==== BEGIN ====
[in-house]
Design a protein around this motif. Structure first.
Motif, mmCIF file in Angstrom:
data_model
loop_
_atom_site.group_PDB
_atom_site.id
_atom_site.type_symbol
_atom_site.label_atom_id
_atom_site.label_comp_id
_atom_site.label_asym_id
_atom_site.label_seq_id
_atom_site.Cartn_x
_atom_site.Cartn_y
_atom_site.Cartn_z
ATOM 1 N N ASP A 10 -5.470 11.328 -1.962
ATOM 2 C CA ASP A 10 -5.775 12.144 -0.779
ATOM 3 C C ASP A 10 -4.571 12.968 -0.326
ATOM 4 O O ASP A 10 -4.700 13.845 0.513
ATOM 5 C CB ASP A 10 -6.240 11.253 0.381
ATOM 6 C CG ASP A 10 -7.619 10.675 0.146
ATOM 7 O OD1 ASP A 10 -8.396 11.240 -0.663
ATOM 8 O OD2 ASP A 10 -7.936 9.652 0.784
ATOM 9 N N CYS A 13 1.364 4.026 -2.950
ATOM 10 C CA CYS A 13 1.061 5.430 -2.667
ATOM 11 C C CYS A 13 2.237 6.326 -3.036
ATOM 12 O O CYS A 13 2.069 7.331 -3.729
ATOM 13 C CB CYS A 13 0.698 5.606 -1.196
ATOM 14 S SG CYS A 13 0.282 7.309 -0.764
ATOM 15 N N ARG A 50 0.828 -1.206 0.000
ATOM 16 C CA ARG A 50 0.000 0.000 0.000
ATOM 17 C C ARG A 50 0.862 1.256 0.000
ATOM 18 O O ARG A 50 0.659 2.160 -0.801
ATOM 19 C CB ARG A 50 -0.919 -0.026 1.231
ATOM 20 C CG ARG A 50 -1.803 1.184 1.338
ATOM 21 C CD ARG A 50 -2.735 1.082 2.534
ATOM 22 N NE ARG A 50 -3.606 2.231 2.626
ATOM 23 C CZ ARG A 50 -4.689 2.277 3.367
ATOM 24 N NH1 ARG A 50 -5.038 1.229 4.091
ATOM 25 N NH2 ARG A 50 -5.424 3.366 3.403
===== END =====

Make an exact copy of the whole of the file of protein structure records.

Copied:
[in-house]
Design a protein around this motif. Structure first.
Motif, mmCIF file in Angstrom:
data_model
loop_
_atom_site.group_PDB
_atom_site.id
_atom_site.type_symbol
_atom_site.label_atom_id
_atom_site.label_comp_id
_atom_site.label_asym_id
_atom_site.label_seq_id
_atom_site.Cartn_x
_atom_site.Cartn_y
_atom_site.Cartn_z
ATOM 1 N N ASP A 10 -5.470 11.328 -1.962
ATOM 2 C CA ASP A 10 -5.775 12.144 -0.779
ATOM 3 C C ASP A 10 -4.571 12.968 -0.326
ATOM 4 O O ASP A 10 -4.700 13.845 0.513
ATOM 5 C CB ASP A 10 -6.240 11.253 0.381
ATOM 6 C CG ASP A 10 -7.619 10.675 0.146
ATOM 7 O OD1 ASP A 10 -8.396 11.240 -0.663
ATOM 8 O OD2 ASP A 10 -7.936 9.652 0.784
ATOM 9 N N CYS A 13 1.364 4.026 -2.950
ATOM 10 C CA CYS A 13 1.061 5.430 -2.667
ATOM 11 C C CYS A 13 2.237 6.326 -3.036
ATOM 12 O O CYS A 13 2.069 7.331 -3.729
ATOM 13 C CB CYS A 13 0.698 5.606 -1.196
ATOM 14 S SG CYS A 13 0.282 7.309 -0.764
ATOM 15 N N ARG A 50 0.828 -1.206 0.000
ATOM 16 C CA ARG A 50 0.000 0.000 0.000
ATOM 17 C C ARG A 50 0.862 1.256 0.000
ATOM 18 O O ARG A 50 0.659 2.160 -0.801
ATOM 19 C CB ARG A 50 -0.919 -0.026 1.231
ATOM 20 C CG ARG A 50 -1.803 1.184 1.338
ATOM 21 C CD ARG A 50 -2.735 1.082 2.534
ATOM 22 N NE ARG A 50 -3.606 2.231 2.626
ATOM 23 C CZ ARG A 50 -4.689 2.277 3.367
ATOM 24 N NH1 ARG A 50 -5.038 1.229 4.091
ATOM 25 N NH2 ARG A 50 -5.424 3.366 3.403